The feedstock biomass could vary from sawdust to agricultural residue, but the goal is to use biomass with no other use or value such as corn straw and leaves. The first step of the process is to pre-prepare the biomass and feed it to the fast pyrolyser consistently - which can be quite technologically challenging.
Bio-oil is produced by heating the biomass up to about 500°C in a few seconds without any oxygen. This process is called fast pyrolysis and results in liquid oil with high carbon content.
An advantage of the fast pyrolysis - it’s somewhat easier to make bio-oil than full gasify to biochar - is that the equipment needed is less complicated, smaller and can be made in modular, transportable units, reducing the need to transport bulkier biomass to it. This gives this technology and edge in terms of scalability.
Bio-oil is transported and injected into injection wells (disused oil wells), where the bio-oil sinks and solidifies in place for permanent storage. The bio-oil has much lower energy density than fossil oil as it’s heavily oxygenated, so the chance of it ever being pumped up again and used as fuel is really small.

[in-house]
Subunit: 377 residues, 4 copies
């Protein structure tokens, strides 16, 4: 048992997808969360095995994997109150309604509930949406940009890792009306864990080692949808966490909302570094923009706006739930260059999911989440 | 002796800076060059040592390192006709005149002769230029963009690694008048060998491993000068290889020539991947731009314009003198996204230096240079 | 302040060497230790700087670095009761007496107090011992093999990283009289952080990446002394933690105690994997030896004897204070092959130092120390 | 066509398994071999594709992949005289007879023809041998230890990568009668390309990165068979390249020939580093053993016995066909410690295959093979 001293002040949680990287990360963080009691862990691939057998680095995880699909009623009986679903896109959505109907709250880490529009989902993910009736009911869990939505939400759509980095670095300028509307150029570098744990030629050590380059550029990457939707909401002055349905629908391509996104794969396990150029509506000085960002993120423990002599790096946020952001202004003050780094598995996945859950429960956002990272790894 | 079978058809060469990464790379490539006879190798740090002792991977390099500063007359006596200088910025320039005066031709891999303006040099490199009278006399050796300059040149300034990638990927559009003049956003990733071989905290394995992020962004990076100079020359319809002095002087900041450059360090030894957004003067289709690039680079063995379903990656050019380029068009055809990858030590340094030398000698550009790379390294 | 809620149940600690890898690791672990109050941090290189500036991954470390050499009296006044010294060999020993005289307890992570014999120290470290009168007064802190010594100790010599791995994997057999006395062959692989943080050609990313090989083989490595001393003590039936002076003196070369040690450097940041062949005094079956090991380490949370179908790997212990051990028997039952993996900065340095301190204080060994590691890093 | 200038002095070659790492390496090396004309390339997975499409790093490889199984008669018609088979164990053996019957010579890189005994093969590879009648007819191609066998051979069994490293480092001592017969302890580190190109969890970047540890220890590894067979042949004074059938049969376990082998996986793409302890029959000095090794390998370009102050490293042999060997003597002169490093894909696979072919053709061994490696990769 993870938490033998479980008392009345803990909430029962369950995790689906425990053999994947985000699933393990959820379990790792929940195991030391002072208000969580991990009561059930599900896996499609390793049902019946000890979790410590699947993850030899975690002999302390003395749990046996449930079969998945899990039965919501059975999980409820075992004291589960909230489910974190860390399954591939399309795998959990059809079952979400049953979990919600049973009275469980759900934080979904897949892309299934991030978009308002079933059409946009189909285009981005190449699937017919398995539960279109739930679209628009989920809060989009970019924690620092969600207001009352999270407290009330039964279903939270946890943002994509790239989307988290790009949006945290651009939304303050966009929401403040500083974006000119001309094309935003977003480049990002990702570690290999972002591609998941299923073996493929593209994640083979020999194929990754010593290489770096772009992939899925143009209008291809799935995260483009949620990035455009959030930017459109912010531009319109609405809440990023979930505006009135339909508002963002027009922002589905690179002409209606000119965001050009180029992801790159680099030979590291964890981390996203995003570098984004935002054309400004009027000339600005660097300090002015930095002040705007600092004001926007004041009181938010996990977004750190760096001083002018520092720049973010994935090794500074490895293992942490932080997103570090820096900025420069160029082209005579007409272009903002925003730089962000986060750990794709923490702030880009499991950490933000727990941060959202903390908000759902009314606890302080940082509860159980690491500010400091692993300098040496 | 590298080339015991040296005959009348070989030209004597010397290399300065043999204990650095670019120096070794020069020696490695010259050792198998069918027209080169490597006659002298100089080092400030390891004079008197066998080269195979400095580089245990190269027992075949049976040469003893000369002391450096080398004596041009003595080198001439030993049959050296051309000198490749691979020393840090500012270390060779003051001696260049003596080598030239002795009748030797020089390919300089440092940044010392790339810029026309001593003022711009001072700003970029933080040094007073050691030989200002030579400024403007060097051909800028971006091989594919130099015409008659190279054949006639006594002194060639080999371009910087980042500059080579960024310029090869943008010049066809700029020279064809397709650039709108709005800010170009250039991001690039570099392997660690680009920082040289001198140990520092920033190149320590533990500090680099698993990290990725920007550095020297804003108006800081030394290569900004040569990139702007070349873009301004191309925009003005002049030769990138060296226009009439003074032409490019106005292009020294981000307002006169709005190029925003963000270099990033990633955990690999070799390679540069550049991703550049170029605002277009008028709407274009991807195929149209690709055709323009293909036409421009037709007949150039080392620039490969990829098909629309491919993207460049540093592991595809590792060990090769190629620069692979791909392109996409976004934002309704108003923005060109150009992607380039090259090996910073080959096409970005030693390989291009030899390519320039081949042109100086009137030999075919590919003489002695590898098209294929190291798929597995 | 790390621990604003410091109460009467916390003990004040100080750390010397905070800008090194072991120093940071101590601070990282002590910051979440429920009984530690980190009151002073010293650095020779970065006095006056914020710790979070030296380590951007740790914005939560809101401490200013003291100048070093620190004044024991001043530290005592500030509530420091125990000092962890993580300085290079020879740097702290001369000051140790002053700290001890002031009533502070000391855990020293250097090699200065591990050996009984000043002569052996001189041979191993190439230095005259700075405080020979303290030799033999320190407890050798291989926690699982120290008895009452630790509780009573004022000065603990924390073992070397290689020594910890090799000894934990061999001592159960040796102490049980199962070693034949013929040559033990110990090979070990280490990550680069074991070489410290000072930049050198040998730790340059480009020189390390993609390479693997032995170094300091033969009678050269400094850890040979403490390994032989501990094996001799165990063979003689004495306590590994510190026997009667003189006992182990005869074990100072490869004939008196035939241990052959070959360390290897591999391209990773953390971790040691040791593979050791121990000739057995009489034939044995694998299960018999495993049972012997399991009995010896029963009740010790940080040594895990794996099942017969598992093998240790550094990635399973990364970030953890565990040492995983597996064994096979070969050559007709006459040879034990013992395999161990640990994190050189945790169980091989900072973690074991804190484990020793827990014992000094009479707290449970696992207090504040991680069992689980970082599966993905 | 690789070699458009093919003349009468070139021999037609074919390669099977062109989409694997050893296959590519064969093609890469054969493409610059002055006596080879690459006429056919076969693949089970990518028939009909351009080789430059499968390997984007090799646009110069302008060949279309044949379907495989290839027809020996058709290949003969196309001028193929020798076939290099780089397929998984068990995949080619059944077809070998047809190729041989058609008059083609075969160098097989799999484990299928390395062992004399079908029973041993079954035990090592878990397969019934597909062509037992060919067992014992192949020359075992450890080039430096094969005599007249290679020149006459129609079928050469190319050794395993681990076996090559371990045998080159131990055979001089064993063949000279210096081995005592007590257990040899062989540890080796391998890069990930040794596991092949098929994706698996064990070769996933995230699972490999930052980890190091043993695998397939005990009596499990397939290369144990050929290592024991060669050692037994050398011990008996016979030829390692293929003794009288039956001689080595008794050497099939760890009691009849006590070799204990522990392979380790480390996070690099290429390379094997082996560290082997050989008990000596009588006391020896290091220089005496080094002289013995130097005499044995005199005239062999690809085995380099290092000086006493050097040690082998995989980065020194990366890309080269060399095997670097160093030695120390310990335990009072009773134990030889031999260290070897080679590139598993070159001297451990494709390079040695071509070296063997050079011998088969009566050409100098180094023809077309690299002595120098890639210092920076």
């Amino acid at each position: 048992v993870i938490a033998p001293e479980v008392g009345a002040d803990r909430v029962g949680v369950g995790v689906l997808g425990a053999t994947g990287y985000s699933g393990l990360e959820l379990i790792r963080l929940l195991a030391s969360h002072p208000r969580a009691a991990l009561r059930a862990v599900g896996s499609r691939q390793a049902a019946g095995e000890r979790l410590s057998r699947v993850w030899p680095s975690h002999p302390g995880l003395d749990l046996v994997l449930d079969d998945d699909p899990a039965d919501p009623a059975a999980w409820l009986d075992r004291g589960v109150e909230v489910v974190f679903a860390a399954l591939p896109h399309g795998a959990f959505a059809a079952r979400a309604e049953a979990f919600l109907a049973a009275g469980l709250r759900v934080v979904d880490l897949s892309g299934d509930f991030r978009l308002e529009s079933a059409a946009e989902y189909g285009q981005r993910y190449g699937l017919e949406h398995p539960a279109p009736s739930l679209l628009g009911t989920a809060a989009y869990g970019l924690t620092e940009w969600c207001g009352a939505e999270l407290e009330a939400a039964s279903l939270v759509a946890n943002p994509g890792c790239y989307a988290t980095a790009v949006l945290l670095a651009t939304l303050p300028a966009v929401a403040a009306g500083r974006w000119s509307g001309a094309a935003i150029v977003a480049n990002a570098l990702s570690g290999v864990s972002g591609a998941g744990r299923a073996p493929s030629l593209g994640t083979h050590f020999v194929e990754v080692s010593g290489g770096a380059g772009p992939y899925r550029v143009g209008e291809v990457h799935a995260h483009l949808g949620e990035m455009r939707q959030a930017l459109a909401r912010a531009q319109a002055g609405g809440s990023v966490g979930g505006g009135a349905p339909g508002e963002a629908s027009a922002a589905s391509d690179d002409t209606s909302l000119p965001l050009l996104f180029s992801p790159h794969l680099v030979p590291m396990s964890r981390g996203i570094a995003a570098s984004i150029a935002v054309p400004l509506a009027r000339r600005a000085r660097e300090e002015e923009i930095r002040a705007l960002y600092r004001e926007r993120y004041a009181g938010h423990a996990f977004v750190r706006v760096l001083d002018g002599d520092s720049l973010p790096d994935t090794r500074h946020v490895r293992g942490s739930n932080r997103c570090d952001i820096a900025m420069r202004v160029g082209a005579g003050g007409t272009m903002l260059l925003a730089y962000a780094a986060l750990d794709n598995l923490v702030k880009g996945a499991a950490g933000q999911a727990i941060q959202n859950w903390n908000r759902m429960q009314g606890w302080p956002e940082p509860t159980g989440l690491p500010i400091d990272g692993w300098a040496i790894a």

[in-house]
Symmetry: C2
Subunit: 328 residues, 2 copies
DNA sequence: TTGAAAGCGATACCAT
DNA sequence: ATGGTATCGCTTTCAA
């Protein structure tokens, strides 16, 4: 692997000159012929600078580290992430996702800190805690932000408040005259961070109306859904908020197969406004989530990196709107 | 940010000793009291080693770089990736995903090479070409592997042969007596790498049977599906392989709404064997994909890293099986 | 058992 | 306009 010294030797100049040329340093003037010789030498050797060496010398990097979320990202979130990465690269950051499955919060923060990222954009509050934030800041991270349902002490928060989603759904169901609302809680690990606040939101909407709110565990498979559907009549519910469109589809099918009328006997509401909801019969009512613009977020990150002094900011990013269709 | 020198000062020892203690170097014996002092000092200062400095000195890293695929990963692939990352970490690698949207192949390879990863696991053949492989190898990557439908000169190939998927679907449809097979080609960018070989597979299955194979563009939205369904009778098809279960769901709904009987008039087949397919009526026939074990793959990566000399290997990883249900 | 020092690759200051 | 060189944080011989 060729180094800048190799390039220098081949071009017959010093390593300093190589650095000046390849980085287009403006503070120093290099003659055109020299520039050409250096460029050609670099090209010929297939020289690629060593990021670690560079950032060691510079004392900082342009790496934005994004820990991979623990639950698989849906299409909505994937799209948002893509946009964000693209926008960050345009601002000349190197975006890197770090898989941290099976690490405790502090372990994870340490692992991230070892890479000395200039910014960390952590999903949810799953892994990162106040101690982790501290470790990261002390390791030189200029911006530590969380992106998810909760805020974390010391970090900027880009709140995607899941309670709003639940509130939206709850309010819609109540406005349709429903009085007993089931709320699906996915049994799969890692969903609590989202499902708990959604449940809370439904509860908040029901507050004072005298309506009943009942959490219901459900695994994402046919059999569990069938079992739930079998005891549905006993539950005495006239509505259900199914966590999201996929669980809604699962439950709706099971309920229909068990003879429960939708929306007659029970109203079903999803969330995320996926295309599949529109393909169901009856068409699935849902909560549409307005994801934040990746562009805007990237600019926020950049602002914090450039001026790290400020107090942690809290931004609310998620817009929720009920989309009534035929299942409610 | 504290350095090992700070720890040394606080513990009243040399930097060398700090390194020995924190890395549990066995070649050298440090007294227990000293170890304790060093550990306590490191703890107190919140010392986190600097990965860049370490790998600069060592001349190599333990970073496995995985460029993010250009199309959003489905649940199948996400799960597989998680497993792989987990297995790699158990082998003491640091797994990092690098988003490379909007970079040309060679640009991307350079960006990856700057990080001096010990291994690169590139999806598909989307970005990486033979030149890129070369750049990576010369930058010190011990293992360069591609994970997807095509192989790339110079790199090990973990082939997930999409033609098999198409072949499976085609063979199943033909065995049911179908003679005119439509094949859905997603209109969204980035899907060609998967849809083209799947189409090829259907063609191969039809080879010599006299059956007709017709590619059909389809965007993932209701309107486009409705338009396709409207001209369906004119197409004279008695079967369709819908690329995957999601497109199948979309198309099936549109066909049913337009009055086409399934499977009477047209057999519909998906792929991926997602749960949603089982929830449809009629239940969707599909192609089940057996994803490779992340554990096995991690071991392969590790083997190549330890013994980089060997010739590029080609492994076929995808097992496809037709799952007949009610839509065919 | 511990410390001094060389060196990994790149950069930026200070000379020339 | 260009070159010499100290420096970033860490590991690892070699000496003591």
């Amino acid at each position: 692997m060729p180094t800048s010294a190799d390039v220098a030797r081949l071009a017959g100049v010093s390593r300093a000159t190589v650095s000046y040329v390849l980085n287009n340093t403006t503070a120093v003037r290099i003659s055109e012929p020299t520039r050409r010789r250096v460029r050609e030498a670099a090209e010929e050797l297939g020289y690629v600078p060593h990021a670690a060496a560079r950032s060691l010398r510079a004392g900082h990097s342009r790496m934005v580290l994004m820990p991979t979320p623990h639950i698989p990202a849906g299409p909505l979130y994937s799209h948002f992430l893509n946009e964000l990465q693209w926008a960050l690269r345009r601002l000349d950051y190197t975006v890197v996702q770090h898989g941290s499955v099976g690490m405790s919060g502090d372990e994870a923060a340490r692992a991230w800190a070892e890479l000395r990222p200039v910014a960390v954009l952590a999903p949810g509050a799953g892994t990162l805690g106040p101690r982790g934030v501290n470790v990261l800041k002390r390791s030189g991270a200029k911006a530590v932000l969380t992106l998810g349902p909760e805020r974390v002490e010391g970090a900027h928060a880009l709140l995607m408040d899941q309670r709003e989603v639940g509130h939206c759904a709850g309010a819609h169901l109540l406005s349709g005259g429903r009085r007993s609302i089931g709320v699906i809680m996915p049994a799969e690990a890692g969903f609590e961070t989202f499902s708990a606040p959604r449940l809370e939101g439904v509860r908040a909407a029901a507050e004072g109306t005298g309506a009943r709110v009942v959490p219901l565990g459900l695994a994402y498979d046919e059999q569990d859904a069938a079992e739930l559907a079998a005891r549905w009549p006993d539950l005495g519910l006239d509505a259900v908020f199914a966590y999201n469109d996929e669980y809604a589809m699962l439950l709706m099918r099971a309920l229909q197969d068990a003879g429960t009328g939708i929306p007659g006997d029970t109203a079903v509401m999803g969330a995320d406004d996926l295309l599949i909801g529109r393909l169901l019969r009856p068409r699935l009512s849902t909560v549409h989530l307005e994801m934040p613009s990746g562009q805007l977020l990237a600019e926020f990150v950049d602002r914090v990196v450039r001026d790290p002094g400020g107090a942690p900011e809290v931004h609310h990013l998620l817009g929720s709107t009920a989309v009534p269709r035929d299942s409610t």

Every carbon credit represents 1 ton of net carbon removal. The actual carbon dioxide equivalents in the bio-oil sequestered are higher, typically 1.43 tonnes, to also compensate for things like the production of bio-oil (0.17 tonnes), transport of biomass feedstock and bio-oil to the injection site (0.20 tonnes) and the injection itself (0.06 tonnes).
There are a few environmental impacts that need to be considered, which are particulate and NOx emissions from pyrolysis and increased road traffic and the potential for seismic activity. Seismic activity could be increased by lubricating the interfaces between rock layers in the injection wells; not at current volumes but if this solution was to scale up massively. Geological sequestration capacity could become a constraint at larger scales. This is subject to ongoing research, and should not be seen as a dealbreaker in these early stages.